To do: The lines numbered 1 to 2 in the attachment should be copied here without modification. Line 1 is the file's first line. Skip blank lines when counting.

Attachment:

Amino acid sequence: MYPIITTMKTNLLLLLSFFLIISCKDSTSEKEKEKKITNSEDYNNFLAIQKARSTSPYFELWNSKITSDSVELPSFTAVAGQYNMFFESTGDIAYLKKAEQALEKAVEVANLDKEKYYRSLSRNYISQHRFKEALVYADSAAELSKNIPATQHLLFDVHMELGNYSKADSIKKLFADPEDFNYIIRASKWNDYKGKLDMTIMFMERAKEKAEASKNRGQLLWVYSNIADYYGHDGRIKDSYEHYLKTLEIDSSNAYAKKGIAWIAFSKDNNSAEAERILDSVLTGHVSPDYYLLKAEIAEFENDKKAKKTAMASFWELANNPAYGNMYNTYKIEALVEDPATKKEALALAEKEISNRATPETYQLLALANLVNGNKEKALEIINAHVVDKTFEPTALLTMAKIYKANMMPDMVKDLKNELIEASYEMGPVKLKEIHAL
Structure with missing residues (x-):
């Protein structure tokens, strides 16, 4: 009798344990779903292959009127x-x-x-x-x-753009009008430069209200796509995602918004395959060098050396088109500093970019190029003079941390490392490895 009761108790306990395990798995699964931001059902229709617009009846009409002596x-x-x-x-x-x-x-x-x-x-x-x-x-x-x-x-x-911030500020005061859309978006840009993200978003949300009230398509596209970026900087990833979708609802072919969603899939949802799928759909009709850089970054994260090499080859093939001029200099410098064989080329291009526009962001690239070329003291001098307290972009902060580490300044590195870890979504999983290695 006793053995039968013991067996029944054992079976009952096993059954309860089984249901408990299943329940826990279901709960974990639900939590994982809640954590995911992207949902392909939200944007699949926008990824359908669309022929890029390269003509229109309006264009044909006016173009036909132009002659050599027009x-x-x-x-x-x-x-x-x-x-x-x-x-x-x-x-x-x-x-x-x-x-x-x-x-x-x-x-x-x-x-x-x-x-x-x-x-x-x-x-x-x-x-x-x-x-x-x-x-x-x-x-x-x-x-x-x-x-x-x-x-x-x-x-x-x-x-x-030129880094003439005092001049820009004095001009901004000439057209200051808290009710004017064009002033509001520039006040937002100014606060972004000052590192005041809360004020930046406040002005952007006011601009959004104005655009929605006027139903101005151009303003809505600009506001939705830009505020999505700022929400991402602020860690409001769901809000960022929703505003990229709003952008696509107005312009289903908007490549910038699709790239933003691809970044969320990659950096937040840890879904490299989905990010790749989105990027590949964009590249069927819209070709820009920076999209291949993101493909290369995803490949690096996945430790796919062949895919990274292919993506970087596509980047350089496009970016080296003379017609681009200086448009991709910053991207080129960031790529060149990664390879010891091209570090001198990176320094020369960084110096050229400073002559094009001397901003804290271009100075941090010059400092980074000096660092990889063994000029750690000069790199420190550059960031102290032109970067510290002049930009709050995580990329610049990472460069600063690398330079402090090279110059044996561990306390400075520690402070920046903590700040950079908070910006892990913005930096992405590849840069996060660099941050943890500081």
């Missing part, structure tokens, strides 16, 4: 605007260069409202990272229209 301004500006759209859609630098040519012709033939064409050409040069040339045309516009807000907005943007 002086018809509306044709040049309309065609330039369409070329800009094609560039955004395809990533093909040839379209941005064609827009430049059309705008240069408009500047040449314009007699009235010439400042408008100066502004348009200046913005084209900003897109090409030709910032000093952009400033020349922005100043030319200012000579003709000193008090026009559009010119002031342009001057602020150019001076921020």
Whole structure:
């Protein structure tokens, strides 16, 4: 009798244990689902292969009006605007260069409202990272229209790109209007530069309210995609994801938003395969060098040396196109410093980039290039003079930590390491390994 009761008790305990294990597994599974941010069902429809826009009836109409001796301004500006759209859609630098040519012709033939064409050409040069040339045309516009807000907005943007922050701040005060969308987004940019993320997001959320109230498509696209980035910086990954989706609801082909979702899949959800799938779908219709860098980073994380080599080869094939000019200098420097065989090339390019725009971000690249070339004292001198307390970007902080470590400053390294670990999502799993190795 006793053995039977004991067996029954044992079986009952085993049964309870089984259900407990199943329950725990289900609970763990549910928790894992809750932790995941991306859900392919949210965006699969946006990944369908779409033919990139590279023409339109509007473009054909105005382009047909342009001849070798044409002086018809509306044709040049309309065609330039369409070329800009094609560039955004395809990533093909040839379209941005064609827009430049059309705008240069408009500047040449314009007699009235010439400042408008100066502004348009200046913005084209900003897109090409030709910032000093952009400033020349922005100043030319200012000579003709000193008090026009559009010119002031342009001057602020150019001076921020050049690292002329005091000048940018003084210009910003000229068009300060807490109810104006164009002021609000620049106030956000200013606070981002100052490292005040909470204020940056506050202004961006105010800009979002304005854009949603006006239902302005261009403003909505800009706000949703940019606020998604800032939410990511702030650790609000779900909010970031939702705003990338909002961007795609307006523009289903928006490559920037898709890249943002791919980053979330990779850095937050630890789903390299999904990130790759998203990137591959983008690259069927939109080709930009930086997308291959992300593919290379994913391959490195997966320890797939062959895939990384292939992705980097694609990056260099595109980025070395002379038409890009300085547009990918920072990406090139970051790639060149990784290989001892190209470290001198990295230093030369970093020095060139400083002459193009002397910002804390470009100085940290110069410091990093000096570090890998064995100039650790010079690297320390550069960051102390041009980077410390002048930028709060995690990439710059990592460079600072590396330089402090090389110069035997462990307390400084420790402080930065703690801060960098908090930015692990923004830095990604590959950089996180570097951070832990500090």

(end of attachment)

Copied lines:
Amino acid sequence: MYPIITTMKTNLLLLLSFFLIISCKDSTSEKEKEKKITNSEDYNNFLAIQKARSTSPYFELWNSKITSDSVELPSFTAVAGQYNMFFESTGDIAYLKKAEQALEKAVEVANLDKEKYYRSLSRNYISQHRFKEALVYADSAAELSKNIPATQHLLFDVHMELGNYSKADSIKKLFADPEDFNYIIRASKWNDYKGKLDMTIMFMERAKEKAEASKNRGQLLWVYSNIADYYGHDGRIKDSYEHYLKTLEIDSSNAYAKKGIAWIAFSKDNNSAEAERILDSVLTGHVSPDYYLLKAEIAEFENDKKAKKTAMASFWELANNPAYGNMYNTYKIEALVEDPATKKEALALAEKEISNRATPETYQLLALANLVNGNKEKALEIINAHVVDKTFEPTALLTMAKIYKANMMPDMVKDLKNELIEASYEMGPVKLKEIHAL
Structure with missing residues (x-):